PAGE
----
A Review of What Maisie Knew, directed by Scott McGehee & David Siegel
by REBECCA, May 27, 2013
In a cinematic landscape that lately seems to be 95% remakes, updates, sequels, and replicas of Swedish movies that were already awesome, What Maisie Knew, an update of Henry James’ 1897 serial novel, had great potential to be more of the same. Instead, McGehee and Siegel’s interpretation is utterly compelling.
Maisie’s mother, Susanna, (Julianne Moore as a rock star trying to keep her career alive) and father, Beale, (Steve Coogan as a slick art dealer) separate and get joint custody of Maisie, who bounces back and forth between them. Her father quickly marries her former nanny, Margo (Joanna Vanderham, with a charming Scottish accent and little else to recommend her), in an attempt to sue for full custody. Maisie’s mother retaliates by marrying Lincoln, a bartender who she pays for the privilege (Alexander Skarsgård, with just the right air of distracted sweetness). With these four yahoos trying to juggle Maisie and their own lives, snarls ensue: they miss pick-ups at school, drop Maisie off early, try to buy her affection with gifts.
But this isn’t a farce, and there is nothing amusing about the mess the adults in Maisie’s life make. Susanna wants Maisie to love her best no matter what she does and is fiercely jealous of anyone else in her life; Beale wants to deprive Susanna of her, but has no time to take care of her himself. More and more, Maisie’s care shifts to Margo and Lincoln, who begin to know each other through Maisie, as well. Julianne Moore is great, as always, with a slightly unhinged, career-obsessed Susanna, who is just lovable enough to appeal. Steve Coogan is slimy as can be and trades women like the art he deals. Margo seems to genuinely care for Maisie, but is a total milquetoast. Lincoln, whose marriage to Susanna is sham enough not to disable him as Margo’s does, is the one who Maisie latches onto, and it’s that relationship that is most enjoyable to watch.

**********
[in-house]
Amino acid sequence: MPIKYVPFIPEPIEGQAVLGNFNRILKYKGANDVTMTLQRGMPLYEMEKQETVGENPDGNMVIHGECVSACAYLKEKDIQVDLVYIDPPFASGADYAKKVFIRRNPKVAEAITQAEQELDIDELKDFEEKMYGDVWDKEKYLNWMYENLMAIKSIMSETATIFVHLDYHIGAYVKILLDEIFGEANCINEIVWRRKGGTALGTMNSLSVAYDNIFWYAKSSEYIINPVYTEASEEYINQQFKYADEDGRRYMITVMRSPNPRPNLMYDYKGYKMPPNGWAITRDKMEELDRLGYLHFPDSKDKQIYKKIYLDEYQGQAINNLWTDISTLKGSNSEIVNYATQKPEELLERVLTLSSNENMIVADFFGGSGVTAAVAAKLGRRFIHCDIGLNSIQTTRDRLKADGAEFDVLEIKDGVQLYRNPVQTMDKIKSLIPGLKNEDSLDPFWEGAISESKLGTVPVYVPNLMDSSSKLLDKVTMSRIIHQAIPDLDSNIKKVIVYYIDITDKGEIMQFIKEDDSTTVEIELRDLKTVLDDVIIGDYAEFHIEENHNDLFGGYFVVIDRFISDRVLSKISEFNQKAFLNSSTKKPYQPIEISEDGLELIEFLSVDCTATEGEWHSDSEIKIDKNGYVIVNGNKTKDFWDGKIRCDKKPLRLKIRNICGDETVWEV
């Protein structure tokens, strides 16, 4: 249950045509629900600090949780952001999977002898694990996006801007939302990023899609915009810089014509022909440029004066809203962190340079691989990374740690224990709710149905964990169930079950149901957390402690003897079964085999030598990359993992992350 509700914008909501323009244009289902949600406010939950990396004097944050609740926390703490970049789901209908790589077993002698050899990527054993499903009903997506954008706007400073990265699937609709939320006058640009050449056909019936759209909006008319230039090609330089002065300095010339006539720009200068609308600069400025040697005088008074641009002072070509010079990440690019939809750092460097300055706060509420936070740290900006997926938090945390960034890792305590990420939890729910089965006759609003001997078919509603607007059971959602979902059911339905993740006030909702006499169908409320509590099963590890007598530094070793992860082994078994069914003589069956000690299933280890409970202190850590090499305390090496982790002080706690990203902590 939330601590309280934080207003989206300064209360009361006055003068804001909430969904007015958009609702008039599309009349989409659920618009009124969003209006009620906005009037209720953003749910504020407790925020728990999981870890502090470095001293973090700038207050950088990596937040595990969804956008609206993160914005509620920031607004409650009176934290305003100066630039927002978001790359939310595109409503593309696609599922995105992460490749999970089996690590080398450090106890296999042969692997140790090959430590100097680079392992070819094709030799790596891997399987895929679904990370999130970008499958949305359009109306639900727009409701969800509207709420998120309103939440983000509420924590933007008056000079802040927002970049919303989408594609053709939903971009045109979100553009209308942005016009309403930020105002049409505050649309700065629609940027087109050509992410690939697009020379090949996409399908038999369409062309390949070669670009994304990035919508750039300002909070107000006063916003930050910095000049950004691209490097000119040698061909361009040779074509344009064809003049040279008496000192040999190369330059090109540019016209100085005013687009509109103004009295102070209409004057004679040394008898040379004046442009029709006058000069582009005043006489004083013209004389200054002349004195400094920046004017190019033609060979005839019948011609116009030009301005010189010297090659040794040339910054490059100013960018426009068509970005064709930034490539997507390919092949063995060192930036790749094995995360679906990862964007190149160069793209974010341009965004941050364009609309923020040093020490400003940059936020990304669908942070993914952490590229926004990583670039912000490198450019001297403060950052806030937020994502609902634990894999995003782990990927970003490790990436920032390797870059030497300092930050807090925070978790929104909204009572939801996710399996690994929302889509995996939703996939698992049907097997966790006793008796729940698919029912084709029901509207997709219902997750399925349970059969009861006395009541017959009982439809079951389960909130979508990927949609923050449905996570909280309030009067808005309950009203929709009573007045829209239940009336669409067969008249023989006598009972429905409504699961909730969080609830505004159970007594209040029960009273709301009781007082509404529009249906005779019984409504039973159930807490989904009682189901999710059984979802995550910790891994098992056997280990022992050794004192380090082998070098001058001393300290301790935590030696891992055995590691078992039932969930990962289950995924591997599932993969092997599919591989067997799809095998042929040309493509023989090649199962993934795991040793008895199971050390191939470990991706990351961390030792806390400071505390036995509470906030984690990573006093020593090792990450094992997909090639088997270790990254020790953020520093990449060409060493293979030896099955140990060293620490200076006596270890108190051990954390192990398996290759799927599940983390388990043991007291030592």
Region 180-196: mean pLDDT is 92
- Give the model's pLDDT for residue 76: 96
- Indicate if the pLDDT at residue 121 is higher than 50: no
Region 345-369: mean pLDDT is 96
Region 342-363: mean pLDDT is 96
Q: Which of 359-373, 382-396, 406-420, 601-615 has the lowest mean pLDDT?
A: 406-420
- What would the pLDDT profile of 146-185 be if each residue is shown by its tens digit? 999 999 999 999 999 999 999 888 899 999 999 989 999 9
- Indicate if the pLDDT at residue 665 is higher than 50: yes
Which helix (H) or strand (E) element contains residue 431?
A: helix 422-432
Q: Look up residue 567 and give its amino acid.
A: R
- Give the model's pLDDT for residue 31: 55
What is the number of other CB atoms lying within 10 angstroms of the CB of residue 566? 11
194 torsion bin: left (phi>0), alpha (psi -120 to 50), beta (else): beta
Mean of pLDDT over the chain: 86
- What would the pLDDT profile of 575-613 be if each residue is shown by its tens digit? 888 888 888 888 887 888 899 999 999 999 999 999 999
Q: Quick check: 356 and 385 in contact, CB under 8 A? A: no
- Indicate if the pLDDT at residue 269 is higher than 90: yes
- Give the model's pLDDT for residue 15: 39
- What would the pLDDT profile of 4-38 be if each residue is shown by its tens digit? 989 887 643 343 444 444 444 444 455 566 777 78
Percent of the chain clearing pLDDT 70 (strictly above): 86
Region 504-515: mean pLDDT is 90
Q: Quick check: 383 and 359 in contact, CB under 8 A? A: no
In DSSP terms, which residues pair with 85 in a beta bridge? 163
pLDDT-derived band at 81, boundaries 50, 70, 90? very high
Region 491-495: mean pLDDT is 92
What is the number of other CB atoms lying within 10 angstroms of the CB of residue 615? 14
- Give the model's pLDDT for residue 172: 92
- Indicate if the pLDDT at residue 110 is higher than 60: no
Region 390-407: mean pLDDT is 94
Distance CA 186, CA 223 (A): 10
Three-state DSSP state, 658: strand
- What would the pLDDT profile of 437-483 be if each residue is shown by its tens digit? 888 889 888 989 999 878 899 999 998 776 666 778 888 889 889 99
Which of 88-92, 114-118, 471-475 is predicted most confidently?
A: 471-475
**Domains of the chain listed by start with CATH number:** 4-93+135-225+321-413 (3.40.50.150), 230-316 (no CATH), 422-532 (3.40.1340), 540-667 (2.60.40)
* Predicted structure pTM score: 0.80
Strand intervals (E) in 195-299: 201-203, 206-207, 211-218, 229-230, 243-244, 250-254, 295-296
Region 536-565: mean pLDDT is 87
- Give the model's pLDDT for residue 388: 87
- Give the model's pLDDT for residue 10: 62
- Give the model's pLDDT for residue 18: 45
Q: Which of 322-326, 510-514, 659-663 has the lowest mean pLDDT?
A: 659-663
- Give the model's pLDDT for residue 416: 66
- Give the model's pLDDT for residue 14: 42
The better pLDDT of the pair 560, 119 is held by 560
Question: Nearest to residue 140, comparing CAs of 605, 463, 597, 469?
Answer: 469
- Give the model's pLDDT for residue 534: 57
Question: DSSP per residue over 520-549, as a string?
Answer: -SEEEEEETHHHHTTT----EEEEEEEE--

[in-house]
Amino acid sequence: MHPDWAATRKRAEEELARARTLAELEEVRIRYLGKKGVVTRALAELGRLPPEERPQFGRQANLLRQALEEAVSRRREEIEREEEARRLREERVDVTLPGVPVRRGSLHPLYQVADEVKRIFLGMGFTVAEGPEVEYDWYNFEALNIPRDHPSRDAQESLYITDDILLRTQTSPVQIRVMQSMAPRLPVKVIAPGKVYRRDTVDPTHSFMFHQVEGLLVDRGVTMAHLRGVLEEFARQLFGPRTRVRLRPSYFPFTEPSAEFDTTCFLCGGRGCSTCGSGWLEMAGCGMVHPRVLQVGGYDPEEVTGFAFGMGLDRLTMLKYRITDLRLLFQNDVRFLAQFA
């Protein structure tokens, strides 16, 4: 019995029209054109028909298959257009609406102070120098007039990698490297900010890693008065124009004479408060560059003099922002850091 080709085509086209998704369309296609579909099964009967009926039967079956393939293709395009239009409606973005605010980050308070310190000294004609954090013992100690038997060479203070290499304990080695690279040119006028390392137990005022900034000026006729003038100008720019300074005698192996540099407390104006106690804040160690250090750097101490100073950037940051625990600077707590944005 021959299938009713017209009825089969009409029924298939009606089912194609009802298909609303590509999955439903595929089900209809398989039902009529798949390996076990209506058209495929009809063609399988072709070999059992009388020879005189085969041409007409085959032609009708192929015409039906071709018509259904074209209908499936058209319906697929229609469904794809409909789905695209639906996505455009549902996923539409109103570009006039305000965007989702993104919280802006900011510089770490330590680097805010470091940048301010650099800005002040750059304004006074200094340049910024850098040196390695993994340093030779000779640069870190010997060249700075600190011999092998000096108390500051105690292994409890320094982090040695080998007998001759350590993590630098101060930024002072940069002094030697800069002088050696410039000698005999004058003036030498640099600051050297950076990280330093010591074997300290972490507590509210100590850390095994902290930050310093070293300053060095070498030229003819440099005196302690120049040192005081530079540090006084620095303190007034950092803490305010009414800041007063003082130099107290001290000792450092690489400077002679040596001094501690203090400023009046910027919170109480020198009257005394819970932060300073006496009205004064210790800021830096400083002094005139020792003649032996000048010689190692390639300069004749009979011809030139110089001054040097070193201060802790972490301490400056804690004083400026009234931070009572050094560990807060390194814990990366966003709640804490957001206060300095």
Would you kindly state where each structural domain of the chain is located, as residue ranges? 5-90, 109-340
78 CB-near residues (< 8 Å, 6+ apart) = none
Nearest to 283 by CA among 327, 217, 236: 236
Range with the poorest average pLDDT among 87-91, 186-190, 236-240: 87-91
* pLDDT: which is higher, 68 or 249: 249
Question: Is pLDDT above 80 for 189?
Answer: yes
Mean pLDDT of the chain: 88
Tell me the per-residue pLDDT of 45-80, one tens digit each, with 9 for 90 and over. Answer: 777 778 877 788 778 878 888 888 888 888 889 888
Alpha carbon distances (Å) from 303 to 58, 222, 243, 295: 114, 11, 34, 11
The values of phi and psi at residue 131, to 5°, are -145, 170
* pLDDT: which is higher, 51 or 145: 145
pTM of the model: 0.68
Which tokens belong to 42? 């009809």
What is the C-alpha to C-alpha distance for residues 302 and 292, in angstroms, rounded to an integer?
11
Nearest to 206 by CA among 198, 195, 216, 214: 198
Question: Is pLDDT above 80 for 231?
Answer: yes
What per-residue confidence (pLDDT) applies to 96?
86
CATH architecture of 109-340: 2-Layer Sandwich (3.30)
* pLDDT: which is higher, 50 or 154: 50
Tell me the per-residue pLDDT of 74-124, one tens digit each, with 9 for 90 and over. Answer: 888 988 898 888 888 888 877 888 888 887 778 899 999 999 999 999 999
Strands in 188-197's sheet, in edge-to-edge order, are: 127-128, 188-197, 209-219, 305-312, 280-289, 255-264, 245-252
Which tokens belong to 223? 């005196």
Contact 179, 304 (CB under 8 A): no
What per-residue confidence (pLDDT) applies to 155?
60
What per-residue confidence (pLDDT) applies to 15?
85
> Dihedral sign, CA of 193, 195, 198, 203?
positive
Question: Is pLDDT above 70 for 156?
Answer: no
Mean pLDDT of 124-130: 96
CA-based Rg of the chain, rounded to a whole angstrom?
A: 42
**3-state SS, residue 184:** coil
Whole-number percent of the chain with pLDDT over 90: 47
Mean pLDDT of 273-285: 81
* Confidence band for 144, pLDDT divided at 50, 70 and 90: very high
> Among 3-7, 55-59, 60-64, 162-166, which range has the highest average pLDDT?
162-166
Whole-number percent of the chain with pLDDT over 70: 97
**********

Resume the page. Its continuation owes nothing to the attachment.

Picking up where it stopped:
This isn’t a film with the message “isn’t it terrible when children don’t have nuclear families”; it isn’t trying to suggest that children are the most important thing in the world so we should drop everything and devote our lives to them. And that’s very much in its favor. It doesn’t need to point those fingers because the film isn’t about Maisie’s parents at all—the only access we get to them is through Maisie. What Maisie Knew is Maisie’s story, and we often see the world through her eyes, the camera at a child’s height. Onata Aprile is captivating and her performance makes the film. Against the backdrop of her parents’ chaos, screaming, and crying, she is understated and self-contained. What Maisie Knew is a quiet movie, so if you’re looking for a movie packed with grand passions and climaxes, this isn’t it. The film manages, though, to show us the things that Maisie knows—how to play with a toy horse, how to make a sandwich, how to wait, how to fall asleep—and make them beautiful and scary and heartbreaking for us.